Extinction debt at the gene level: does current or historical habitat size explain extant genetic diversity in Succisa pratensis?

Authors and Affiliations: 

Catherine Folly, Felix Gugerli, Urs Gimmi, Markus Peintinger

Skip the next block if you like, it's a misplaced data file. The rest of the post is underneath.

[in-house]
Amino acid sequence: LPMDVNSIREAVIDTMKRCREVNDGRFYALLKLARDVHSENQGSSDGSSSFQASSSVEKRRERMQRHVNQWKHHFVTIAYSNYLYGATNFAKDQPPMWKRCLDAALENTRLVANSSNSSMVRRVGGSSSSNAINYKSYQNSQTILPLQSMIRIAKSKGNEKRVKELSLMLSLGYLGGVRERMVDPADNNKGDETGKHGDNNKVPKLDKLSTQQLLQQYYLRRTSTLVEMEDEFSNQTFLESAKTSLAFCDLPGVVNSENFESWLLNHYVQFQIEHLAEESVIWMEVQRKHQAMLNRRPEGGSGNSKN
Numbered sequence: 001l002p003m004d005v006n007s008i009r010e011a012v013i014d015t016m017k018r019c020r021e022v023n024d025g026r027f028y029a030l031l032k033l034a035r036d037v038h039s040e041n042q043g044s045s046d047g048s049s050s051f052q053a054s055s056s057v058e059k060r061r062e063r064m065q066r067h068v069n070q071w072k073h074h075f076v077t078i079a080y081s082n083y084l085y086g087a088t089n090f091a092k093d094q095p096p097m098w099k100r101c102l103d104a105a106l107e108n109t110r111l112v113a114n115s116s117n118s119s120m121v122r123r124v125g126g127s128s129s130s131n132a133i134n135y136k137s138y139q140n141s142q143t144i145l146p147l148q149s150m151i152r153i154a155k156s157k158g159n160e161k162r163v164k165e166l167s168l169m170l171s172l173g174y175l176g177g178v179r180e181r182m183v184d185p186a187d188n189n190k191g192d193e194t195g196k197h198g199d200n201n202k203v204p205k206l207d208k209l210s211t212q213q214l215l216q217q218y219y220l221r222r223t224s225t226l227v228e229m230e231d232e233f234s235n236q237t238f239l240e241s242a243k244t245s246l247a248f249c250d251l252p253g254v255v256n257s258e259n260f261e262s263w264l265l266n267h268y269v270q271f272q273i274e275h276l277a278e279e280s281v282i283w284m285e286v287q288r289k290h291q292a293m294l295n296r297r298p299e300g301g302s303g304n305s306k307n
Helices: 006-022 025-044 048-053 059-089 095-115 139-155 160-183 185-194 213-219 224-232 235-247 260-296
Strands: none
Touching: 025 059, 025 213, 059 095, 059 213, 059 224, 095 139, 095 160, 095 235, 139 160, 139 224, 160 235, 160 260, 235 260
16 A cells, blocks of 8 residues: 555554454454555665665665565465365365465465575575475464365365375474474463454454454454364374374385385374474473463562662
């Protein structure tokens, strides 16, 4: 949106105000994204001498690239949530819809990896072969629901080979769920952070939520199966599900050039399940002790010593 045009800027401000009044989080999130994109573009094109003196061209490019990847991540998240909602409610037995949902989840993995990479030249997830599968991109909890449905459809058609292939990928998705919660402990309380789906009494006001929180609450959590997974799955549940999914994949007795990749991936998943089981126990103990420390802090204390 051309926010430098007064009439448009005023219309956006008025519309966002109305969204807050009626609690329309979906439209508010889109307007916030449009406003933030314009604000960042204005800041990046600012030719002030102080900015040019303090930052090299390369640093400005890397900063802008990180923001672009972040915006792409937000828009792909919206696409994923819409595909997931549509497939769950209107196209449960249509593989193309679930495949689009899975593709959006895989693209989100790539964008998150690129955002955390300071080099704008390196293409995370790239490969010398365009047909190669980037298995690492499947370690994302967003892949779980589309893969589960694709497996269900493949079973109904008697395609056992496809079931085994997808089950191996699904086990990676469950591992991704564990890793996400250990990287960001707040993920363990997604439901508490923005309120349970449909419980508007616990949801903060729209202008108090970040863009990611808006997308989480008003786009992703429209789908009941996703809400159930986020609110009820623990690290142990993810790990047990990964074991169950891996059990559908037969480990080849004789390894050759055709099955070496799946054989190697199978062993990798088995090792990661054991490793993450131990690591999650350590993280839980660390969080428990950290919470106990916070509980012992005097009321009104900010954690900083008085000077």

Loss of connectivity and habitat decline are considered as major threats for biodiversity because gene flow between populations is interrupted and the probability of extinction increases. Species extinction may occur long after habitat destruction, a phenomenon called extinction debt. While numerous studies have considered such delayed extinction at the species level, it has rarely been assessed whether extinction debt also occurs at the gene level. Here, we relate genetic diversity (allelic richness) with historical and current landscape configuration (historical/current habitat size, size development, historical/current habitat connectivity, connectivity development). We sampled 41 populations of Succisa pratensis, a widespread, perennial fen plant, in fragmented fen meadows of different sizes and degrees of connectivity in the canton of Zurich (Switzerland). We assessed present-day allelic richness at 11 nuclear microsatellite markers, which were newly developed using 454 sequencing, while landscape characteristics were estimated for the years 1850, 1900, 1950 and 2000. Habitat connectivity, connectivity decline and size did not explain allelic richness in S. pratensis. However, patches without size decline had a lower allelic richness than patches with intermediate or high decline. This could be an indication of the importance of former size because patches with a high size decline level were all formerly larger than 3 ha. An extinction debt at the gene level could exist since effects of habitat destruction and fragmentation is not yet clearly visible in the genetic diversity. Extant genetic diversity can also be explained by population size of S. pratensis. Large populations (>1000) are significantly more diverse than small populations (<100). Historical landscape configuration could explain extant genetic diversity in S. pratensis therefore the results of our study could be interpreted as an extinction debt at the gene level.